Australian saves himself from giant freshwater crocodile with ‘a good hand’

A man’s tour in a remote location in Australia ended with him fending off an attack by a vicious freshwater crocodile, only using “his good hand” to save himself.

The 40-year-old, who was not identified by officers, was on a motorcycle tour and swimming at Adels Grove, about 10km from Lawn Hill National Park in northwest Queensland, on Sunday when he was attacked by the reptile .

The man swam behind a waterfall where the six-foot-tall crocodile emerged and latched onto his arm, said Brad Hardy, superintendent of the Queensland Ambulance Service’s Northwest District.

The man wrestled his other hand free and freed himself from the animal’s grip after suffering “significant injuries,” Greig Allan, a flight crew officer with aeromedical organization RACQ Lifeflight Rescue, told 9News. The man was later flown to the hospital.

“As you can imagine, a two to three meter long crocodile that grabs you by the arm is going to cause some pretty significant injuries that he’s had,” he said.

Mr Allan said the man was lucky to escape with his life.

“He tried to throw himself into a waterfall and didn’t see the crocodile. When he reached in, the crocodile was startled and clung to his arm,” he added.

“He had lacerations on his arm and he managed to free himself with one good hand, which is just amazing, but in the process caused a whole bunch of other injuries, stab wounds on both hands.”

The rescue helicopter was called to the national park around 2pm after the motorcycle crew he was with at the time drove the man to a nearby airstrip.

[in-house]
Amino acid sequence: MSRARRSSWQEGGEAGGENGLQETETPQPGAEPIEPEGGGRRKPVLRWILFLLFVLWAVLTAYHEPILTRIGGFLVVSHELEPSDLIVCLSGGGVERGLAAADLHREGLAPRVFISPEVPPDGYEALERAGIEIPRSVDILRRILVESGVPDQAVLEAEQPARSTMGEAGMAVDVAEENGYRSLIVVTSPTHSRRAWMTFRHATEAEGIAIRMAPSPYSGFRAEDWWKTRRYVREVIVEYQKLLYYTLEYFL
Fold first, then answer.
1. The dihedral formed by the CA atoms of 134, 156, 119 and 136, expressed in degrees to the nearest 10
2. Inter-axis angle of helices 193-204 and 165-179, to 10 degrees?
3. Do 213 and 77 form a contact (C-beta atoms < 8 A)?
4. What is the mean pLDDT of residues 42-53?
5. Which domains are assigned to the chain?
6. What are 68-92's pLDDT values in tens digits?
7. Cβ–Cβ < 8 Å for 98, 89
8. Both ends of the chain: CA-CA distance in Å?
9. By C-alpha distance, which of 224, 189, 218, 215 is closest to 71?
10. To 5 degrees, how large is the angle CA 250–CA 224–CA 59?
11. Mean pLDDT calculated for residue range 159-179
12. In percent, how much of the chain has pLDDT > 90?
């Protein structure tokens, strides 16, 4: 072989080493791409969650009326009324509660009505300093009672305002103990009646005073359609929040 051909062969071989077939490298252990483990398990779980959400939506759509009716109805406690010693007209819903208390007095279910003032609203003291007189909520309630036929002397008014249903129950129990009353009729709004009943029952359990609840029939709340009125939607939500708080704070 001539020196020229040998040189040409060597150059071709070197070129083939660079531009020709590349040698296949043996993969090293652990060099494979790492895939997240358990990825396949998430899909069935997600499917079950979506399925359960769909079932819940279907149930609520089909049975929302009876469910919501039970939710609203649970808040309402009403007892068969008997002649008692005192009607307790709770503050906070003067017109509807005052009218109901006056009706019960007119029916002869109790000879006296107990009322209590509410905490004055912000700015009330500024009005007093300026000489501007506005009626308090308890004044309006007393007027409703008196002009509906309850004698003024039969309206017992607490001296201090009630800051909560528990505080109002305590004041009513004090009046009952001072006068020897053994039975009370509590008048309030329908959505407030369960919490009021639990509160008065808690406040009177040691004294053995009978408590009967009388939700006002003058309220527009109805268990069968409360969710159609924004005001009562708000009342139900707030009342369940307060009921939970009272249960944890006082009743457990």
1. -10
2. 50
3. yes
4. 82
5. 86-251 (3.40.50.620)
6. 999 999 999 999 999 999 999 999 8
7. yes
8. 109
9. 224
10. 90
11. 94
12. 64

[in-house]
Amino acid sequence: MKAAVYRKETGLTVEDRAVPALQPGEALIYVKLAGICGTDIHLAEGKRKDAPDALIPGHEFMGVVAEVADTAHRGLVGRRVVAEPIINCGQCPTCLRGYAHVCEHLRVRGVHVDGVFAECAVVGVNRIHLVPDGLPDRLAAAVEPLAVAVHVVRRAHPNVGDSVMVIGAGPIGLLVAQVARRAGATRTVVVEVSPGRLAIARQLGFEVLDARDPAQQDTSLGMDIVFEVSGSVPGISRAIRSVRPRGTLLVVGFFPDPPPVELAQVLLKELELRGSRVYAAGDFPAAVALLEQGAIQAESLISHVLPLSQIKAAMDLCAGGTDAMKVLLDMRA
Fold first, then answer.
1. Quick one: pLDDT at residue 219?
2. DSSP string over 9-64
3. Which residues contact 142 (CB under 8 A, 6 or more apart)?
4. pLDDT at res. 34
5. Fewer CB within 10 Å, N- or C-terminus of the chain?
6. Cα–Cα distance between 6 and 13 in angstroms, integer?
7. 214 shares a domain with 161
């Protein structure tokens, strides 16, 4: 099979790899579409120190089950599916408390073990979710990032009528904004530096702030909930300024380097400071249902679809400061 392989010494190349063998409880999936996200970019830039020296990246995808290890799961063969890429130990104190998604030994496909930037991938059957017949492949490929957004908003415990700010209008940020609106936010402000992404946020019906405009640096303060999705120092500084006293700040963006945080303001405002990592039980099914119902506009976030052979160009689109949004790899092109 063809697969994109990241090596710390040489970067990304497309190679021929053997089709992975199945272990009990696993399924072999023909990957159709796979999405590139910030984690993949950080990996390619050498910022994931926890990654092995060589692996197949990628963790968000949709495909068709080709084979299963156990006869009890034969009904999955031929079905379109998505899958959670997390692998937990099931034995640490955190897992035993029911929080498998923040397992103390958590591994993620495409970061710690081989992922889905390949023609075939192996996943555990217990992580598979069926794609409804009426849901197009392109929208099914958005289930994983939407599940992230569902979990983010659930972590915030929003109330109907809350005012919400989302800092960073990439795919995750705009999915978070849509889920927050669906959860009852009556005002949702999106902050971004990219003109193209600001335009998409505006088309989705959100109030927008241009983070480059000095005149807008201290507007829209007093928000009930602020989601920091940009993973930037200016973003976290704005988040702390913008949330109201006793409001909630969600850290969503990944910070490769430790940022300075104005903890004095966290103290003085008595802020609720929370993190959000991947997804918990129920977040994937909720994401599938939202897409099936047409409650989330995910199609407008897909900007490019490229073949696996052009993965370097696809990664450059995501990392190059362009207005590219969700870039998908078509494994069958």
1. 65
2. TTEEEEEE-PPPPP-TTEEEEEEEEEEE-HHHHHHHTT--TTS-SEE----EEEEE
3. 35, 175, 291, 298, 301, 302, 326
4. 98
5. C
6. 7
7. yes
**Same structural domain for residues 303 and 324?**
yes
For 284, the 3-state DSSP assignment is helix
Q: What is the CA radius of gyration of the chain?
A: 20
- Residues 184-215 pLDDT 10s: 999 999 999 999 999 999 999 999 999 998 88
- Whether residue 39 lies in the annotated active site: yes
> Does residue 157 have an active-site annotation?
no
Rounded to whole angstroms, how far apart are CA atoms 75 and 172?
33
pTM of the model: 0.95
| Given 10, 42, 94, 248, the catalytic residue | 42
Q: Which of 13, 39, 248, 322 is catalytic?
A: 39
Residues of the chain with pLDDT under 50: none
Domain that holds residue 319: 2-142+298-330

Mr Allan said the man was given first aid by members of his group to stop the bleeding.

“He was in great pain and the puncture wounds from the crocodile’s teeth were very deep,” he said.

“As the crocodile left, it nibbled its leg again, just to be sure.”

Mr Hardy said the area has a large population of freshwater crocodiles, but they don’t usually pose a threat unless startled by people.

“They’re usually quite shy, but if surprised, they’ll get aggressive,” he said.

Michelle Lomo, a former owner of the Adels Grove property, which is a popular tourist destination, said freshwater crocodiles generally “keep to themselves” but can become aggressive if they feel threatened.

“When people get to a certain place where the crocodile is behind the waterfall, they get stuck there because they don’t want to get out,” she said.

She explained that one should make a lot of noise to scare them away before entering the water. Australian saves himself from giant freshwater crocodile with ‘a good hand’

Fry Electronics Team

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